Shooter's life short, violent

THE SHORT, SAD AND violent life of Shavod Jones ended before he could claim the chance at redemption offered by a most generous and unlikely source -- the cop who was paralyzed by his bullets.
Jones (photo inset), known on the streets as Buddha, endured a troubled childhood that ended abruptly at age 15 with his arrest for shooting then-Officer Steven McDonald in Central Park. He spent the next nine years behind bars, finally released from prison in September 1995.
Three days later, he was dead after a motorcycle accident outside his mother's Harlem apartment. His death prevented the unlikely pairing of the young ex-con and the cop as collaborators against violence, a scenario McDonald proposed.
The NYPD hero had publicly forgiven Jones, who in turn had called McDonald's home and apologized to the officer, his wife and their son.
"They became friends," recalled Jones' mother, Sharron Harris, in an interview Tuesday with the Daily News. "They talked it out, and I'm glad they got to do that. He wanted to apologize and set things straight. "If Shavod had lived, he probably would have been an aide to Detective McDonald," she continued, wiping a tear from her eye. "In the end, Shavod had a good heart."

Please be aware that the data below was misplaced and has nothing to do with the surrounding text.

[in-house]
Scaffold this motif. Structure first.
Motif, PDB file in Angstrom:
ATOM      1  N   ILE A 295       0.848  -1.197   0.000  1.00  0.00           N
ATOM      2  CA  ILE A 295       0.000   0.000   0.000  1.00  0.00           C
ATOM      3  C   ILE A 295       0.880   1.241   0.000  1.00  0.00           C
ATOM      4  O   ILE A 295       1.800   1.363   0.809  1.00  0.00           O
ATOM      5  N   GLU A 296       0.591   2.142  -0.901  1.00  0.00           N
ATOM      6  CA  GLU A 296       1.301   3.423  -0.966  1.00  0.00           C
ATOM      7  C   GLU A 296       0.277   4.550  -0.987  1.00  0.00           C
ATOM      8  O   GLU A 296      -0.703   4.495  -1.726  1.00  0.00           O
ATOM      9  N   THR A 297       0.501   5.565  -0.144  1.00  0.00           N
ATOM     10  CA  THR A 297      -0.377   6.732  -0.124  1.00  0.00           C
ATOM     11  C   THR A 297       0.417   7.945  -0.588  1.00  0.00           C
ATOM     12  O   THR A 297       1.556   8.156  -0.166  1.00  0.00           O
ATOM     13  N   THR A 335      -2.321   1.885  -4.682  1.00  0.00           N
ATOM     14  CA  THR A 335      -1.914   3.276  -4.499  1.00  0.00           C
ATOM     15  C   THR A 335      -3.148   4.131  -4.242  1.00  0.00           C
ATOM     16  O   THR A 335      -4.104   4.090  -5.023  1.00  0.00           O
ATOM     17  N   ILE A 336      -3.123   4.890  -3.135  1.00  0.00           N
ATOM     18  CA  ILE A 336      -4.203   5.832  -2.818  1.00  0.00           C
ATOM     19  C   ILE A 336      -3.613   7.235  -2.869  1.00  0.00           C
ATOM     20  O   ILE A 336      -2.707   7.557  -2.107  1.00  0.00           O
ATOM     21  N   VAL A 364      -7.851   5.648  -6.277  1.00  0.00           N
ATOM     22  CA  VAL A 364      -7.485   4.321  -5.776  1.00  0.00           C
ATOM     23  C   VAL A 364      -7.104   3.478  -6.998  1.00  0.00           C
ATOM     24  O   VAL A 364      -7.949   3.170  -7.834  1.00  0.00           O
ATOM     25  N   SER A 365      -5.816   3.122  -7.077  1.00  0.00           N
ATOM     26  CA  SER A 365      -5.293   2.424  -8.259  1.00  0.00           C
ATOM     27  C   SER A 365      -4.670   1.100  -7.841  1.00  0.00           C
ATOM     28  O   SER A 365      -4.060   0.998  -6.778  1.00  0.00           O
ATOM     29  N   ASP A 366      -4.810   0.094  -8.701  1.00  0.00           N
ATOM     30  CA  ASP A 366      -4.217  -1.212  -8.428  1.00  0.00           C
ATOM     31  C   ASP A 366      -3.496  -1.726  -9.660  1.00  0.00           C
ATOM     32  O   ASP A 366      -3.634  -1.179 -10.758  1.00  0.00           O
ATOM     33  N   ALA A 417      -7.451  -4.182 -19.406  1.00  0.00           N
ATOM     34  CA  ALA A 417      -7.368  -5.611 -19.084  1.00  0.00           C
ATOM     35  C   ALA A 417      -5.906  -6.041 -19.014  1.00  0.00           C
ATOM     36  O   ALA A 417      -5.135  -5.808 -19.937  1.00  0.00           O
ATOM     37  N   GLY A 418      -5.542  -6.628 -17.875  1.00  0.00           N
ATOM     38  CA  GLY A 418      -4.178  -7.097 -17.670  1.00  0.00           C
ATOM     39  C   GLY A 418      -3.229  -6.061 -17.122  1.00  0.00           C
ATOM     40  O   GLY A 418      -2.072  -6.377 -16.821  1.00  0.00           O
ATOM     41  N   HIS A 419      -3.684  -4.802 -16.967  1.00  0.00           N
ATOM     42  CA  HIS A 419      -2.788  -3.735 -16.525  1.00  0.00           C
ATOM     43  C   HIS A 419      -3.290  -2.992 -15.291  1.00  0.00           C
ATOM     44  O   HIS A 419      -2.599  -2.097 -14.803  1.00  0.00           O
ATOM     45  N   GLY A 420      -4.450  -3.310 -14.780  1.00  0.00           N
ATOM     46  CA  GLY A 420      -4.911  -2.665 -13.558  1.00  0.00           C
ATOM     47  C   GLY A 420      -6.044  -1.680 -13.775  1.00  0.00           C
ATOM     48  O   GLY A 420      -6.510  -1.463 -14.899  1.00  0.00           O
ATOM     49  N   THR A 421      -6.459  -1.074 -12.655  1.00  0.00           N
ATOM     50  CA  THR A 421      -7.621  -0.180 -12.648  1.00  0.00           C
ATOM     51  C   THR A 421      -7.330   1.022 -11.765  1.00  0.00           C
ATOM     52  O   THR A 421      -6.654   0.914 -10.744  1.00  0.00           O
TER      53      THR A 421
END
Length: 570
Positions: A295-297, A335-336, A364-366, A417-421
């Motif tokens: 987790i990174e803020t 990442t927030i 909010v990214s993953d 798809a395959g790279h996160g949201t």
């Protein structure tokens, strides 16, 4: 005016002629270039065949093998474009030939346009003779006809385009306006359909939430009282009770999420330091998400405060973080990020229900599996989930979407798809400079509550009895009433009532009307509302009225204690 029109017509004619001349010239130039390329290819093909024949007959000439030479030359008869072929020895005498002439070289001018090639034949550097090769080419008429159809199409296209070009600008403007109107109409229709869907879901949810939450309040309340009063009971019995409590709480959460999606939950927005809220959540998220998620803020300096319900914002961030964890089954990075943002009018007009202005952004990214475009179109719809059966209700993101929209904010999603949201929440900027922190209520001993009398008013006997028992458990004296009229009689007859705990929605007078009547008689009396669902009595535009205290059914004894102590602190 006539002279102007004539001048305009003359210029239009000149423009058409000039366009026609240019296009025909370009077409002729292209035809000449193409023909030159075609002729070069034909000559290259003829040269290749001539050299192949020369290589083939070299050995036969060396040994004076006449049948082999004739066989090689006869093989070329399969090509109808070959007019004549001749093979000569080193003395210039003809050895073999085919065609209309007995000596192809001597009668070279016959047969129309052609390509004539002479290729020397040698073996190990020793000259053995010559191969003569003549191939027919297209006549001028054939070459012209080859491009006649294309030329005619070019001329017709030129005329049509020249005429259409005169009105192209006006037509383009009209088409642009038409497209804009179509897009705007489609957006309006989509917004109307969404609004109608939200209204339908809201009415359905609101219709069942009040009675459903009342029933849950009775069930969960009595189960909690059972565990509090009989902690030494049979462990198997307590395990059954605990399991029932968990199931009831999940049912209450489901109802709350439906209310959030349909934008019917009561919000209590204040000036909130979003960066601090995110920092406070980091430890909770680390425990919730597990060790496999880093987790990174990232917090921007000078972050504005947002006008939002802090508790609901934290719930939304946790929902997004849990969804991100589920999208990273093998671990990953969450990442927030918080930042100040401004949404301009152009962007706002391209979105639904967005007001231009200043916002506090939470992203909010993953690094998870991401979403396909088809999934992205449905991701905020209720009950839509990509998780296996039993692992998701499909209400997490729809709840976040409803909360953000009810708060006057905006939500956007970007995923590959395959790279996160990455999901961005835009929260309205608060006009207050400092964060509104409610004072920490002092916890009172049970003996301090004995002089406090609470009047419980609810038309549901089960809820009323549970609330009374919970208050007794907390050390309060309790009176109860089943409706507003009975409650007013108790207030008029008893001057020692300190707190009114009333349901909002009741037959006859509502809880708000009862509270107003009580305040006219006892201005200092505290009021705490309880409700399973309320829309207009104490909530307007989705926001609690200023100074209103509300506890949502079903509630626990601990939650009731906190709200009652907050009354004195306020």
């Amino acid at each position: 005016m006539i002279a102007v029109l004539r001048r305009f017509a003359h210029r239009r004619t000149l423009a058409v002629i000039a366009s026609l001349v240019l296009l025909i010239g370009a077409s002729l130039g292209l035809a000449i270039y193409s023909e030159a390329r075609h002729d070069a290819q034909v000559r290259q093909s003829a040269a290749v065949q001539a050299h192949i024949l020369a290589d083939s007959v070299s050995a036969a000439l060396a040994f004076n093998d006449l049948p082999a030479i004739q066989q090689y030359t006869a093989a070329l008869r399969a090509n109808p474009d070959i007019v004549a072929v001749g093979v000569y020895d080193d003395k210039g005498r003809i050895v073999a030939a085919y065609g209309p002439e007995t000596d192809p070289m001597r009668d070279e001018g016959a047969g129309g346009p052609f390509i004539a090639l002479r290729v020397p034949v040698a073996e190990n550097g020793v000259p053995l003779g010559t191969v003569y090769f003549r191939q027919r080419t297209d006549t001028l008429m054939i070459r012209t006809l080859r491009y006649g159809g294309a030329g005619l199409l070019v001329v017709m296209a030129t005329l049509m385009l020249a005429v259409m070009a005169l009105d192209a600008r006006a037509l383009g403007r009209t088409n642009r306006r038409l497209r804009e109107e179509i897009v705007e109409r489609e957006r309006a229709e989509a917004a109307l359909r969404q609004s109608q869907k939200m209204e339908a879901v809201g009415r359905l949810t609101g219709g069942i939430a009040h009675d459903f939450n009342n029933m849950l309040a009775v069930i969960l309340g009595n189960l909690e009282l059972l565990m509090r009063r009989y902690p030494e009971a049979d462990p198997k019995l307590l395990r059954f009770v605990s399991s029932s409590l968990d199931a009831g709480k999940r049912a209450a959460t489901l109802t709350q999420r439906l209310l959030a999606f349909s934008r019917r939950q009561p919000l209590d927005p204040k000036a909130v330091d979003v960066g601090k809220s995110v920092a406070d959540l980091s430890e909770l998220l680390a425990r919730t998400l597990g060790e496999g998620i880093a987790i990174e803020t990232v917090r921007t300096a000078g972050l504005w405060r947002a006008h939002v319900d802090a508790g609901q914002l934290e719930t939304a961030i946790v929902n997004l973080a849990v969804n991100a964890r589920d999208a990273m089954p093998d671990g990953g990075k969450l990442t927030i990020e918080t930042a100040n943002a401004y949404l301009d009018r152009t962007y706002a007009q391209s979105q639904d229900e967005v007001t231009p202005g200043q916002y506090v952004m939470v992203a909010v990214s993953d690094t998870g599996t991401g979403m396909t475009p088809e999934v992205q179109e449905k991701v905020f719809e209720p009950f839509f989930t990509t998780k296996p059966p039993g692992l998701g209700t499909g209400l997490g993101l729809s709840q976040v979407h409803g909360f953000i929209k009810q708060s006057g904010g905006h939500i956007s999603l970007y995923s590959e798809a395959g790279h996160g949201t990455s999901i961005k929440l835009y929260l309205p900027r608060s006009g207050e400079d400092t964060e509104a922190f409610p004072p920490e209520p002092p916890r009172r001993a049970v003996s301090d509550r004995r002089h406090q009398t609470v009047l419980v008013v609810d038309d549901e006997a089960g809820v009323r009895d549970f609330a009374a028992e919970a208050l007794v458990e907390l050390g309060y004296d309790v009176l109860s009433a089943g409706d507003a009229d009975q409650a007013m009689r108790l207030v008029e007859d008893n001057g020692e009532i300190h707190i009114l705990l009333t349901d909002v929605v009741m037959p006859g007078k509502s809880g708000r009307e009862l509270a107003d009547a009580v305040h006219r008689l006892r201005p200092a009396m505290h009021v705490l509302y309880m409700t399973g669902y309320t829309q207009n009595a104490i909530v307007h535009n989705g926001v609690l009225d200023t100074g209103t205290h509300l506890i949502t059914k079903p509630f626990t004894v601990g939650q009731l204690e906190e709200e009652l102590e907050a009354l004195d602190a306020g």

McDonald, in a piece written for the Catholic Planet website, said Jones -- alive, imprisoned or dead -- was never too far from his thoughts.
"Shavod is with me wherever my story is told," McDonald wrote. "We have helped many people, the two of us."
A grade-school photo of Jones showed a small boy, his head in his hands and a smile across his face. But by the time of the McDonald shooting in July 1986, Jones' mother was asking her son's probation officer to put the young menace in jail.
At age 9, Jones was placed in a special-education class. In 1984, he spent 12 months at Westchester County's Hawthorne Cedar Knolls School for emotionally disturbed youths. By the summer of 1986, he was an armed assailant charged with the knifepoint robberies of two teens near Central Park.
Jones was awaiting sentencing on the robbery charges when he was arrested for firing the shots that immobilized McDonald, then a 29-year-old newlywed with a pregnant wife.
The shooter's problems continued behind bars, where he became a constant disciplinary problem denied parole three times and often held in solitary confinement.
The fatal motorcycle accident occurred on Sept. 10, 1995, as Jones was riding on the back of a bike at Madison Ave. and 114th St. while his pal popped wheelies. The bike slammed into a pair of parked cars.
McDonald got his detective shield that same year.
"Much of his life was spent suffering," McDonald said after Jones' death. "Now he is at peace and in heaven."
Jones' mother sent along condolences to the McDonald family, along with her thanks for the hero cop's efforts.
"I'm so sorry Detective McDonald passed away," she told The News. "I was thinking of going to his funeral, but it would be too much. I'm sorry. It's been so bad."

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